In praise of rock

Over the past few days I’ve been posting colour images of some of the various large rocks and boulders scattered around the huge, flat-topped, slab-like rock “Tisdale 2″ which Oppy is currently studying. Those images have taken a lot of work, but I think that work has been worth it, because looking at those pictures shows what a truly fascinating place Oppy has found herself at in her long adventure. This “rock garden” – more scientifically this”ejecta field”, consisting of lots of rocky debris, spread and scattered across a wide area after the impact that formed Odyssey Crater – is, I think, one of the most intriguing places visited by Oppy since she landed in 2004. True, Eagle Crater was great, with that right-under-our-nose-after-landing bedrock pavement, and yes, ok, Victoria Crater was magnificent, with all those capes and bays, and the gateau-like layering in its crumbling, ancient walls, and absolutely, I agree that Santa Maria had a lot of exciting things going on too… but this, ah, this place is different. This place seems… I don’t know… both bewilderingly alien and comfortably familiar at the same time.

Maybe it’s the view. We’ve all wandered up paths and – deliberately or accidentally - found ourselves on a hillside, looking at a wonderful view. When I lived in Cockermouth, almost eight years ago now, I used to hike up a local hill known as “The Hay” but actually called “Watch Hill” because from the top I could enjoy a fantastic view. To my left the Lakeland fells of Grasmere and Skiddaw were turned purple by distance and haze, while to my right the waters of the Solway Firth glittered like mercury (on a sunny day, at least!) with the faraway mountains of Scotland beyond them, on the western horizon. And below me, Cockermouth, stretched out like a model. I spent hours up there, just sitting a big rocky outcrop, either reading a(nother) science fiction book or just, well, sitting, and drinking in the view. It was My Place. Then I moved down here to Kendal and found another My Place, this time up at the ruins of the castle which stand guard over the Auld Grey Town like a shattered, crumbling stone sentinel. From there I can see those same Lakeland fells, only this time they’re on my right. There’s no sight of any water from my new place, but I can see green fields all around, and to my left the castle  is a strong, silent companion. Beneath my feet, the grey, white and tan buildings of Kendal, stretched out like a model…

Oppy is essentially on a martian hillside, looking down at and across a beautiful landscape. She has hills to her right and, across the great bowl basin of Endeavour crater’s interior, morehills right in front of her, though dimmed by distance. And all around her, like some bizarre collection of martian modern art sculptures, rocks, and boulders, and stones, of all shapes, colours and sizes. Flat-topped rocks; rounded rocks; smooth-sided and jagged-edged rocks. The Odyssey Crater ejecta field is a geological wonderland, waiting and desperate and ready to be explored.

I think Oppy has found Her Place on Mars.

But not her final place. I actually think I know where that is, but I’ll come to that later.

There’s something quite remarkable about where Oppy is now. Yes, the drive south from Victoria was exciting, in its way; steadily counting down the remaining kilometres, watching the Hills of Endeavour growing larger, rising (then falling, then rising again!) above the horizon, seeing their structures and faces slowly but surely coming into view. But Oppy is, above everything else, a robot GEOLOGIST, and, except for stops to look at the few meteorites she passed en-route to Endeavour (I loved those meteorites… I miss them… I hope she’ll find a couple around Endeavour) and examinations of those patches of pale bedrock scattered here and there, she must have been pretty bored during the past three years. Ah, but now, now, everywhere she looks there are rocks just shouting out to be prodded and poked and drilled and photographed and measured.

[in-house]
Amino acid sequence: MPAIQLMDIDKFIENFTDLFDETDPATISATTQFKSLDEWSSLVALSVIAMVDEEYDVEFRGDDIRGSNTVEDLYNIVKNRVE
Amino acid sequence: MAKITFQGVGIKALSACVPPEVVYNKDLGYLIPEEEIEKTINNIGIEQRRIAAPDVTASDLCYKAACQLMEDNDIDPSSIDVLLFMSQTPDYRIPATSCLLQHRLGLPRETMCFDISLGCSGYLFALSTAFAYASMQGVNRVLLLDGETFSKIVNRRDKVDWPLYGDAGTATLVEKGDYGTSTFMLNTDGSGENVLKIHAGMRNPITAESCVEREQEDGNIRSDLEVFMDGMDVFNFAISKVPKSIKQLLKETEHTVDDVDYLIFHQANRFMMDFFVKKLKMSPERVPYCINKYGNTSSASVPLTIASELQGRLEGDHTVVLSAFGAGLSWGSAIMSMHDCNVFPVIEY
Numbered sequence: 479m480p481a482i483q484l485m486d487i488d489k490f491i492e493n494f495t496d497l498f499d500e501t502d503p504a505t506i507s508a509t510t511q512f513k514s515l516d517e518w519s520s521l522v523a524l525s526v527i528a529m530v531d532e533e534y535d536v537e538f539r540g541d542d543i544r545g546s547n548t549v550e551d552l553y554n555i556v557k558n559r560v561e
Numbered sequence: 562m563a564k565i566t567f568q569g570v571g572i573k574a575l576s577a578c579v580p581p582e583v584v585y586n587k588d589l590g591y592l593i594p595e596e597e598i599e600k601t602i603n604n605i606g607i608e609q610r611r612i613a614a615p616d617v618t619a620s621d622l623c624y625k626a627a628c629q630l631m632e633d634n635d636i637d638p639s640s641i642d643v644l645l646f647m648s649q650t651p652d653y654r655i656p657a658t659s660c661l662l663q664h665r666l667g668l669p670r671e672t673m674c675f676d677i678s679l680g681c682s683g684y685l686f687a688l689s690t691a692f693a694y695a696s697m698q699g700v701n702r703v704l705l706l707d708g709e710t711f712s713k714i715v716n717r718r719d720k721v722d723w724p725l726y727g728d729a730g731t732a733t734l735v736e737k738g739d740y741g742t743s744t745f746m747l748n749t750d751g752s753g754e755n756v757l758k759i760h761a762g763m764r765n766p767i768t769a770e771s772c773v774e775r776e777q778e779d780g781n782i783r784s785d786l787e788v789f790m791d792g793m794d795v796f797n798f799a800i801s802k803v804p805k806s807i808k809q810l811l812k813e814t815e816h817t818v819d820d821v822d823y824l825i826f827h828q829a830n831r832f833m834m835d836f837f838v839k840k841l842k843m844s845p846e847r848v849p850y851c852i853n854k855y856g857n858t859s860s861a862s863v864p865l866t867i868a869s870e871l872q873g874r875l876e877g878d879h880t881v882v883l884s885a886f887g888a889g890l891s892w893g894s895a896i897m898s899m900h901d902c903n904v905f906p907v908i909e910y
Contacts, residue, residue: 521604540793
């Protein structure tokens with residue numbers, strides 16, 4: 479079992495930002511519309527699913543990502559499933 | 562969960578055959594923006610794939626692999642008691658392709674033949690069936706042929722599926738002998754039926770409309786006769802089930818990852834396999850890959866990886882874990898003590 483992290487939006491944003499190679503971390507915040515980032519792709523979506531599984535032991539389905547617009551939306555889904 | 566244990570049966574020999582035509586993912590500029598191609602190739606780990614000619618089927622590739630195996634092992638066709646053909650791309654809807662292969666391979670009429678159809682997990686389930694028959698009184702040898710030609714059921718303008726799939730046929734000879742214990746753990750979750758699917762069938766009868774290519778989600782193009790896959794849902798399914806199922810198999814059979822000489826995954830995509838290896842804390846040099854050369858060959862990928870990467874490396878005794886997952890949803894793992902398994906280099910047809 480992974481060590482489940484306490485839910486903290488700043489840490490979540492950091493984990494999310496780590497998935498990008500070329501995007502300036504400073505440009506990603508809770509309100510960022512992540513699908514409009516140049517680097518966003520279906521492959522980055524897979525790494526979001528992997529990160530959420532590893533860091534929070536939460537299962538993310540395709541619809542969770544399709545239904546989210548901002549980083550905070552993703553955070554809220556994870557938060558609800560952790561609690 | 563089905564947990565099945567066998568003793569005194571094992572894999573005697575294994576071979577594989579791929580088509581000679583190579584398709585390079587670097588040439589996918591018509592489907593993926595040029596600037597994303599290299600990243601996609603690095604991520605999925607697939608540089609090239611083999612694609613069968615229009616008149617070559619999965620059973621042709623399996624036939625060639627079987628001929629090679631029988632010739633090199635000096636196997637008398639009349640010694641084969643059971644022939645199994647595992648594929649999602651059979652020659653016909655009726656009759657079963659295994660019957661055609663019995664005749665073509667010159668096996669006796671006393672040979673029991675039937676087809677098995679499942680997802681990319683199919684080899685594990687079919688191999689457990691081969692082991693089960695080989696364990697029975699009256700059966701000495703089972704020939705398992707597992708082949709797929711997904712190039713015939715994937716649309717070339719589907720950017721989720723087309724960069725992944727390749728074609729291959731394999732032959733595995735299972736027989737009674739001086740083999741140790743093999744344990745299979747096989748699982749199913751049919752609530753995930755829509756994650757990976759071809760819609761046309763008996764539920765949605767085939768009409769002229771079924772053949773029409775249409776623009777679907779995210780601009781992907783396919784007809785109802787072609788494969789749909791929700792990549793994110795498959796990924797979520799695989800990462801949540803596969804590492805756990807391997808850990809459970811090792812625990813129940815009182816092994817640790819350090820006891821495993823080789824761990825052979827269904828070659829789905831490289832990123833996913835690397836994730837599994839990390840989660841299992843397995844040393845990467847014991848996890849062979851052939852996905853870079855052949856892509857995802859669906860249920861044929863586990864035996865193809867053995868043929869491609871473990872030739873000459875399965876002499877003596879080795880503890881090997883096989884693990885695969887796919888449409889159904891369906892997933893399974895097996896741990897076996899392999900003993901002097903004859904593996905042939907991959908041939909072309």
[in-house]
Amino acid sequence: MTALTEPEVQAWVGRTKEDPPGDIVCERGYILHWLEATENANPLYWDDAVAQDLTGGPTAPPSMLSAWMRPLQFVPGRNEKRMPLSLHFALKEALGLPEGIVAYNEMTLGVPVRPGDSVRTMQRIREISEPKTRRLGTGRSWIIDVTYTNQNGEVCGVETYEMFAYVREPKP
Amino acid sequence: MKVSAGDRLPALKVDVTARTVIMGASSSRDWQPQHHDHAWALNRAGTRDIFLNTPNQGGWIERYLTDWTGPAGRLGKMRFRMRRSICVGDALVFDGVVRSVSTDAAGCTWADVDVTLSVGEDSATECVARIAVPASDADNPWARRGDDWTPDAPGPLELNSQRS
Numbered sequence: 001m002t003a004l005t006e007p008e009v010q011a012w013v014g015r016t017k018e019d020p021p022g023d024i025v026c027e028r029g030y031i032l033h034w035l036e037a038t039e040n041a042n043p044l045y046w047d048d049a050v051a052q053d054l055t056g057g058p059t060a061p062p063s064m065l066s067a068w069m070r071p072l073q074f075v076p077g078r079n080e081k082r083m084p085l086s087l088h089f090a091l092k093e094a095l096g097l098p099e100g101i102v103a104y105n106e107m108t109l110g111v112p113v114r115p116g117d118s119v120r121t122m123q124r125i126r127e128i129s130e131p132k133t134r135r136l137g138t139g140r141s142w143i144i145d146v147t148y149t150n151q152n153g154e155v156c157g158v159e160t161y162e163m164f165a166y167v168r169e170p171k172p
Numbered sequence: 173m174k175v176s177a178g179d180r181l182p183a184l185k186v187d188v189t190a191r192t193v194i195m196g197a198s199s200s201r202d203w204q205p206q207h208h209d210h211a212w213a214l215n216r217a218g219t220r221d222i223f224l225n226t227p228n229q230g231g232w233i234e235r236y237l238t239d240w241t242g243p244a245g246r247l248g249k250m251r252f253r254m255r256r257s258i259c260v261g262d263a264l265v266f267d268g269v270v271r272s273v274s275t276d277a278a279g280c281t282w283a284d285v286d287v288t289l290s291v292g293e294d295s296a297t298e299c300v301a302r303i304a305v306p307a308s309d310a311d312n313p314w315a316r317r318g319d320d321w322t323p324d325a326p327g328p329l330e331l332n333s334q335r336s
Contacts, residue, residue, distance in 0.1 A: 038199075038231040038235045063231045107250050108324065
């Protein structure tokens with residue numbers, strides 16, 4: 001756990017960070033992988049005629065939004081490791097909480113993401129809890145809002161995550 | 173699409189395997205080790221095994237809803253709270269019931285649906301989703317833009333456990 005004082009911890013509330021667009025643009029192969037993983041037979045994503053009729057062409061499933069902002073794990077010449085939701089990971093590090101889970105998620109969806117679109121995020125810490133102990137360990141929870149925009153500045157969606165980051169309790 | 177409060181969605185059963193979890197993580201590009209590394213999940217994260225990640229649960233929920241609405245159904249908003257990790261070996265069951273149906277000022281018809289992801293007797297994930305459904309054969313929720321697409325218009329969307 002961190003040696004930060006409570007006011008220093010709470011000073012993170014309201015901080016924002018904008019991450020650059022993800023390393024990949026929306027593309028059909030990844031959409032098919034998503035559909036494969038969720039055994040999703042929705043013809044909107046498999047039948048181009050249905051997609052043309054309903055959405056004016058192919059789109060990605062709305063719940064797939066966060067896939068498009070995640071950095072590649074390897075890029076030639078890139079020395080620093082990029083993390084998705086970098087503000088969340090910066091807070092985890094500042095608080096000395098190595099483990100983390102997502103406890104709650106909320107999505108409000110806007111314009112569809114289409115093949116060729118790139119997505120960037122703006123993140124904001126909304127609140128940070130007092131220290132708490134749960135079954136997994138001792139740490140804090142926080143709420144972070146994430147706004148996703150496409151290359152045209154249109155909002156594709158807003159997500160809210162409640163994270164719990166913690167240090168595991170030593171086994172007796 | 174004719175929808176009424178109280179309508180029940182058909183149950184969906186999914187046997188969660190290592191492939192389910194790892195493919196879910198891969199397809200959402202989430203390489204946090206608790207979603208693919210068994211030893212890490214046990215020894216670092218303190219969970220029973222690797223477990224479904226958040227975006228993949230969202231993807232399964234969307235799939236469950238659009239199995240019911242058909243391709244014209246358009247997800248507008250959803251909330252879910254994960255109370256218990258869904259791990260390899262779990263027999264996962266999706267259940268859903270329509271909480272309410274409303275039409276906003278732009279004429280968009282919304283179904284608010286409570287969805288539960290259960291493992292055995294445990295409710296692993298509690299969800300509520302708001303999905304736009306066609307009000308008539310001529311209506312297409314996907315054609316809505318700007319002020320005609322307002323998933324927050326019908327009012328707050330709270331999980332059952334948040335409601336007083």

Imagine how you would feel if you were a geologist who had just walked for all those empty, featureless kilometres, weeks or even months between each Something Interesting To Look At. How giddy with excitement would you feel now, standing on top of Cape York, surrounded by all these beautifully-ugly rocks?

You know, if Oppy had a tail, I bet she’d be wagging it like crazy now… :-)

But what is it about seeing rocks that gets us – well, gets some of us – so excited, and makes Oppy’s continuing adventure so fascinating? because after all, we’re here – and she’s there – for the rocks, right? Oppy’s a geologist – made of glass and metal and wire, instead of flesh, blood and bone, perhaps, but a geologist nonetheless – and she was sent to Mars to look at rocks, to drive between rocks, to trundle over powdery, cinnamon-hued dust that used to be rocks to get to younger, more solid rocks. She’s never going to find life. She’s never going to find evidence of past life… probably… no, almost certainly… and she’s never going to take photos of martian water glinting in the light of the shrunken Sun. All she’s ever seen is rock, and all she will ever see is rock, in one form or another, with the odd cloud, or iron meteorite or dust devil caught now and again.

You’re probably like me – you see images of the rocks taken by Oppy and you can see something in them, some kind of beauty, something exciting. You grasp their importance, their significance. I mean, that’s why you’re here, right? You Get It. But others don’t. Many people Out There just don’t understand. I’ve seen them, I;ve met them at my talks. They listen to me praising Oppy and Spirit, and see the pictures on the big screen, but you can see it in their eyes – The Question: why should we get so worked up about rock? Why did all those clever people at NASA spend all that time, and money, designing and building a robot, launching it on a mighty rocket, and then landing it on and driving it across a distant, alien world, just to look at and photograph rocks?